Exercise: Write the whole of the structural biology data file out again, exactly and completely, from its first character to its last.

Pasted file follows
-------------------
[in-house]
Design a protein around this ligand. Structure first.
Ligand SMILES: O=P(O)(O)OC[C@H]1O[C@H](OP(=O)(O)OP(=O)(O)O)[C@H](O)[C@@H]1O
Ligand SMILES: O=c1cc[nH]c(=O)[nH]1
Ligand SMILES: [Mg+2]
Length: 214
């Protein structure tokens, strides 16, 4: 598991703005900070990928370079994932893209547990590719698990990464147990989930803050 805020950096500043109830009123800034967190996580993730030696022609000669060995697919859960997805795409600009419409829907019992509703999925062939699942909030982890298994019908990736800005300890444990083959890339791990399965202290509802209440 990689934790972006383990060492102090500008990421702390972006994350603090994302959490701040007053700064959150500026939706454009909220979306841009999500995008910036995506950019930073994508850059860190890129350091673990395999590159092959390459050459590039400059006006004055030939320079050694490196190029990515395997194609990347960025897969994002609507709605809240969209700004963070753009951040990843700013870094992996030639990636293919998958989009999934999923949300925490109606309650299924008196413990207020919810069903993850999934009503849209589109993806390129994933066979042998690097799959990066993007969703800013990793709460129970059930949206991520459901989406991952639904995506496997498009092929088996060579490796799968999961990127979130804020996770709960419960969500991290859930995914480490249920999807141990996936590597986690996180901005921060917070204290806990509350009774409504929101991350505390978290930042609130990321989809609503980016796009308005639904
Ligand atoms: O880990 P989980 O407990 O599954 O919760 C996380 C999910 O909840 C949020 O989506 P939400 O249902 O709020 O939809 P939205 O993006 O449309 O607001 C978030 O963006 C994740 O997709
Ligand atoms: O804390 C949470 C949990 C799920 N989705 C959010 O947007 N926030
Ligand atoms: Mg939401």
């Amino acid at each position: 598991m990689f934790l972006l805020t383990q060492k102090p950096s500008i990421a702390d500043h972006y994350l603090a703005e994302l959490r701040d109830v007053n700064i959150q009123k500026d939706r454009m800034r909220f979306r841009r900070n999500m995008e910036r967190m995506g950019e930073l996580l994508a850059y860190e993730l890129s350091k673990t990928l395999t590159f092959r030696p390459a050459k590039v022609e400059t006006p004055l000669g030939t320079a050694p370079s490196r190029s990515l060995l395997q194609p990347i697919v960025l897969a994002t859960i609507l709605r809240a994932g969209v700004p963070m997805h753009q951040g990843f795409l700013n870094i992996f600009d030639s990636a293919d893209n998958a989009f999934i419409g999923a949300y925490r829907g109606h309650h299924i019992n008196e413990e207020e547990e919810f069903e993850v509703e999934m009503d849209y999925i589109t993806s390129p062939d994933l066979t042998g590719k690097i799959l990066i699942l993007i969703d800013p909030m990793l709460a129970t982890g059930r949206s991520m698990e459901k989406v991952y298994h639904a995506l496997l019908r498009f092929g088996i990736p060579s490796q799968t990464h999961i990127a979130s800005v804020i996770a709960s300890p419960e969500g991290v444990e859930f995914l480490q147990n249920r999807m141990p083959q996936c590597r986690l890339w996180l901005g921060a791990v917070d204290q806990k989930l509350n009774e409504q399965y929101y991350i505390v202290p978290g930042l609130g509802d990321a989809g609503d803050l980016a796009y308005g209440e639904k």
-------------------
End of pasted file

[in-house]
Design a protein around this ligand. Structure first.
Ligand SMILES: O=P(O)(O)OC[C@H]1O[C@H](OP(=O)(O)OP(=O)(O)O)[C@H](O)[C@@H]1O
Ligand SMILES: O=c1cc[nH]c(=O)[nH]1
Ligand SMILES: [Mg+2]
Length: 214
């Protein structure tokens, strides 16, 4: 598991703005900070990928370079994932893209547990590719698990990464147990989930803050 805020950096500043109830009123800034967190996580993730030696022609000669060995697919859960997805795409600009419409829907019992509703999925062939699942909030982890298994019908990736800005300890444990083959890339791990399965202290509802209440 990689934790972006383990060492102090500008990421702390972006994350603090994302959490701040007053700064959150500026939706454009909220979306841009999500995008910036995506950019930073994508850059860190890129350091673990395999590159092959390459050459590039400059006006004055030939320079050694490196190029990515395997194609990347960025897969994002609507709605809240969209700004963070753009951040990843700013870094992996030639990636293919998958989009999934999923949300925490109606309650299924008196413990207020919810069903993850999934009503849209589109993806390129994933066979042998690097799959990066993007969703800013990793709460129970059930949206991520459901989406991952639904995506496997498009092929088996060579490796799968999961990127979130804020996770709960419960969500991290859930995914480490249920999807141990996936590597986690996180901005921060917070204290806990509350009774409504929101991350505390978290930042609130990321989809609503980016796009308005639904
Ligand atoms: O880990 P989980 O407990 O599954 O919760 C996380 C999910 O909840 C949020 O989506 P939400 O249902 O709020 O939809 P939205 O993006 O449309 O607001 C978030 O963006 C994740 O997709
Ligand atoms: O804390 C949470 C949990 C799920 N989705 C959010 O947007 N926030
Ligand atoms: Mg939401």
């Amino acid at each position: 598991m990689f934790l972006l805020t383990q060492k102090p950096s500008i990421a702390d500043h972006y994350l603090a703005e994302l959490r701040d109830v007053n700064i959150q009123k500026d939706r454009m800034r909220f979306r841009r900070n999500m995008e910036r967190m995506g950019e930073l996580l994508a850059y860190e993730l890129s350091k673990t990928l395999t590159f092959r030696p390459a050459k590039v022609e400059t006006p004055l000669g030939t320079a050694p370079s490196r190029s990515l060995l395997q194609p990347i697919v960025l897969a994002t859960i609507l709605r809240a994932g969209v700004p963070m997805h753009q951040g990843f795409l700013n870094i992996f600009d030639s990636a293919d893209n998958a989009f999934i419409g999923a949300y925490r829907g109606h309650h299924i019992n008196e413990e207020e547990e919810f069903e993850v509703e999934m009503d849209y999925i589109t993806s390129p062939d994933l066979t042998g590719k690097i799959l990066i699942l993007i969703d800013p909030m990793l709460a129970t982890g059930r949206s991520m698990e459901k989406v991952y298994h639904a995506l496997l019908r498009f092929g088996i990736p060579s490796q799968t990464h999961i990127a979130s800005v804020i996770a709960s300890p419960e969500g991290v444990e859930f995914l480490q147990n249920r999807m141990p083959q996936c590597r986690l890339w996180l901005g921060a791990v917070d204290q806990k989930l509350n009774e409504q399965y929101y991350i505390v202290p978290g930042l609130g509802d990321a989809g609503d803050l980016a796009y308005g209440e639904k």